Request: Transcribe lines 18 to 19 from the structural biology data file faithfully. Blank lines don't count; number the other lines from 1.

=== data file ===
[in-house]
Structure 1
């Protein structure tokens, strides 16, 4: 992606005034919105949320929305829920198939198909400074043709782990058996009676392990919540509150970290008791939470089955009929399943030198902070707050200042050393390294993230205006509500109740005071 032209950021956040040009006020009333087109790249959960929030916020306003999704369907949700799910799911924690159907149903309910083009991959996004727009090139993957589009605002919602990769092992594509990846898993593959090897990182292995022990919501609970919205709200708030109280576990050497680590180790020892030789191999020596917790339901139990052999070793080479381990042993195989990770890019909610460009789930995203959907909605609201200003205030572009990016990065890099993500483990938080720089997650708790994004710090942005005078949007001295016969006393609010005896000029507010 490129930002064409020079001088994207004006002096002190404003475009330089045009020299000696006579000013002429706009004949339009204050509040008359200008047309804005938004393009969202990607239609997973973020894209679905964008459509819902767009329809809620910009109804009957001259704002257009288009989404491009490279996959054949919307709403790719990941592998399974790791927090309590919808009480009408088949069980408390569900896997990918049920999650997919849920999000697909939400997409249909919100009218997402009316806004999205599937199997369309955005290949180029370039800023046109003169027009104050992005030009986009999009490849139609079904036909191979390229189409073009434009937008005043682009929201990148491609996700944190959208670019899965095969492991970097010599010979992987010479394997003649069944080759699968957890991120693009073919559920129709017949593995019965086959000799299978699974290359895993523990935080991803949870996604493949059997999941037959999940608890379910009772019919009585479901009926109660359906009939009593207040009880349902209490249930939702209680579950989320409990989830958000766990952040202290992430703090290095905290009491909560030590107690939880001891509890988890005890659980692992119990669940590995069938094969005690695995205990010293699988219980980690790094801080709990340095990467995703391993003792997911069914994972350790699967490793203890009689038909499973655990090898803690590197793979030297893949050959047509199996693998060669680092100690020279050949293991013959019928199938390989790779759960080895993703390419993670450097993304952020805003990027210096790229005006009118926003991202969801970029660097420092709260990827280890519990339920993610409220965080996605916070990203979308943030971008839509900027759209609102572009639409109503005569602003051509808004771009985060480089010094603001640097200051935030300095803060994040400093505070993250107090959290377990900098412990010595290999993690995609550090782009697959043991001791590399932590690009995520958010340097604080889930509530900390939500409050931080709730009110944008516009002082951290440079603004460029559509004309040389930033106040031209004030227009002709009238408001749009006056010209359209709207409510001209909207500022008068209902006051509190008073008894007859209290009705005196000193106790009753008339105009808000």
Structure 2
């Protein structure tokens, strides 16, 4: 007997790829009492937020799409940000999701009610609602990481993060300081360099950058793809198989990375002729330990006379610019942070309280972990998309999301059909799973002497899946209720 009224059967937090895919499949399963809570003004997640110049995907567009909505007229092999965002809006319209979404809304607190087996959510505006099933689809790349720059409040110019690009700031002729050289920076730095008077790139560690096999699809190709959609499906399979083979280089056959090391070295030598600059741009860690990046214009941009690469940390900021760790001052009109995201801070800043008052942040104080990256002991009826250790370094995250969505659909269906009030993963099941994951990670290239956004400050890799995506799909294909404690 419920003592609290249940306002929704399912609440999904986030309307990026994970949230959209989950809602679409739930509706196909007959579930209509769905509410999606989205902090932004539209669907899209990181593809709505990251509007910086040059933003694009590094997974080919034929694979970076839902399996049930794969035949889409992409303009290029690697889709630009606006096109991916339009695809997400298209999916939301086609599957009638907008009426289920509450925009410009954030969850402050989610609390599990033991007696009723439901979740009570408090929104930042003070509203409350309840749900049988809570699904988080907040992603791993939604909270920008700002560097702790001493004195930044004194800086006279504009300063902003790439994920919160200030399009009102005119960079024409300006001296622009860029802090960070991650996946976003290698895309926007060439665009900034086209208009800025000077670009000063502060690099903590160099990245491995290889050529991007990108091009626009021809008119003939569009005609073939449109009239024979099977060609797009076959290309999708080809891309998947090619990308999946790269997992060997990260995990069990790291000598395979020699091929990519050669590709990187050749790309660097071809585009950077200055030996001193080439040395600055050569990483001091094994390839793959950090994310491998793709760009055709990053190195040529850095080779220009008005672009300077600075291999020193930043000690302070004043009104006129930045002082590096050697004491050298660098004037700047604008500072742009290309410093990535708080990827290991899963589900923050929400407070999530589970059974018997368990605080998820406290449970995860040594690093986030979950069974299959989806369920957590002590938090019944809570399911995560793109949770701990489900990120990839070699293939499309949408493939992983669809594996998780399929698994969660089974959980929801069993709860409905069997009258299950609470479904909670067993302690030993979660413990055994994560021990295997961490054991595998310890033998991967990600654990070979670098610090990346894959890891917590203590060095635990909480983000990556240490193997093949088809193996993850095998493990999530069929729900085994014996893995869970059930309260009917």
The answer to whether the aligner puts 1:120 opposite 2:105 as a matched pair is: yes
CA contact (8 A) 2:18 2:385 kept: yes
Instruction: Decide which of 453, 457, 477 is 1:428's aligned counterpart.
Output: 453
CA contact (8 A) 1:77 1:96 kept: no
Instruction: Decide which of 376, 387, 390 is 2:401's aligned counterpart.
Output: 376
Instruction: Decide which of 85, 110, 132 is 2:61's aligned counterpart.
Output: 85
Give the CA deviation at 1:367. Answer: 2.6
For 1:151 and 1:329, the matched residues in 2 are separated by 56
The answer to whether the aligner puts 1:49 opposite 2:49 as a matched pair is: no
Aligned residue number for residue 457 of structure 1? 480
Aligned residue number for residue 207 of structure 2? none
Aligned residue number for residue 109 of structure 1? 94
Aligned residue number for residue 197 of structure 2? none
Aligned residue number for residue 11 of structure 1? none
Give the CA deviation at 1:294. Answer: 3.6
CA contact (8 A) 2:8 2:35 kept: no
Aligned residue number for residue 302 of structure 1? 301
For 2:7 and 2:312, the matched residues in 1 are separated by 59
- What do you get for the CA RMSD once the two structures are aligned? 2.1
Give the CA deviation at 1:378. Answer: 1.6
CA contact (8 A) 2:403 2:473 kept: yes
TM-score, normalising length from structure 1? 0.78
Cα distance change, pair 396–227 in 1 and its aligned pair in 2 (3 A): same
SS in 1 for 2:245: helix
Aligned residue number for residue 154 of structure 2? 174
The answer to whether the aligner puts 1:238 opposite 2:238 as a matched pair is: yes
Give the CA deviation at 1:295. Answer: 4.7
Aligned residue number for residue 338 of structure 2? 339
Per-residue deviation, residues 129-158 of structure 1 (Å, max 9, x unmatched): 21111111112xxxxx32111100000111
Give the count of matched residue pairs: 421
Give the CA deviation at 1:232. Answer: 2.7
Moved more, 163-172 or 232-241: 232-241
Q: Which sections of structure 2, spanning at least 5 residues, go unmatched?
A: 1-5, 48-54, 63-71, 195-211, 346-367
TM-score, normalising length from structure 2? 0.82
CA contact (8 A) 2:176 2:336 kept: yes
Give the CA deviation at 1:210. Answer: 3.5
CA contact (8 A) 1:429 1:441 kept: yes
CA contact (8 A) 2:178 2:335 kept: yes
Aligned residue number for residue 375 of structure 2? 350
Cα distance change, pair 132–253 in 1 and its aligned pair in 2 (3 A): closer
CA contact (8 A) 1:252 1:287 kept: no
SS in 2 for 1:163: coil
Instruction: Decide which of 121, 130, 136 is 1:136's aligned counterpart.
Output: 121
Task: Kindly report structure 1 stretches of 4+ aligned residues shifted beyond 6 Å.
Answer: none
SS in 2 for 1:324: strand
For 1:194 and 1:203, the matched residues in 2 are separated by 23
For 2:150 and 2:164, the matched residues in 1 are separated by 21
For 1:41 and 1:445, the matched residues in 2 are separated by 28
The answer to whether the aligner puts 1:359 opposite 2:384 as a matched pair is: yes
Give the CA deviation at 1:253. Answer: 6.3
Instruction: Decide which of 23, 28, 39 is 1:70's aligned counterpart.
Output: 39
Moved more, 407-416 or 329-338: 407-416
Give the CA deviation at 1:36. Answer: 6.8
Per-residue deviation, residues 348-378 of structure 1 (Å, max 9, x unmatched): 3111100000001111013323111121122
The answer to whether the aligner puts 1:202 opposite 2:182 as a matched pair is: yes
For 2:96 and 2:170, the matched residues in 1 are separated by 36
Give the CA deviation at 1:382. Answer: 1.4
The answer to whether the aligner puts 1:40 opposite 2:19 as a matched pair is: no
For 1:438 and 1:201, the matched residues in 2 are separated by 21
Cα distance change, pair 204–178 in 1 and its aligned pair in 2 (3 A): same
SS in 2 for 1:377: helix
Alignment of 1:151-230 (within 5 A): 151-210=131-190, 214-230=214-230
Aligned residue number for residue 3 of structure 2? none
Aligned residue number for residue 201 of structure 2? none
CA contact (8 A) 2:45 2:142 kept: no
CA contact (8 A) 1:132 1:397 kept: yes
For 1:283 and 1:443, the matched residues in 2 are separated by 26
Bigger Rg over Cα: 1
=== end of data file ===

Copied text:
Aligned residue number for residue 457 of structure 1? 480
Aligned residue number for residue 207 of structure 2? none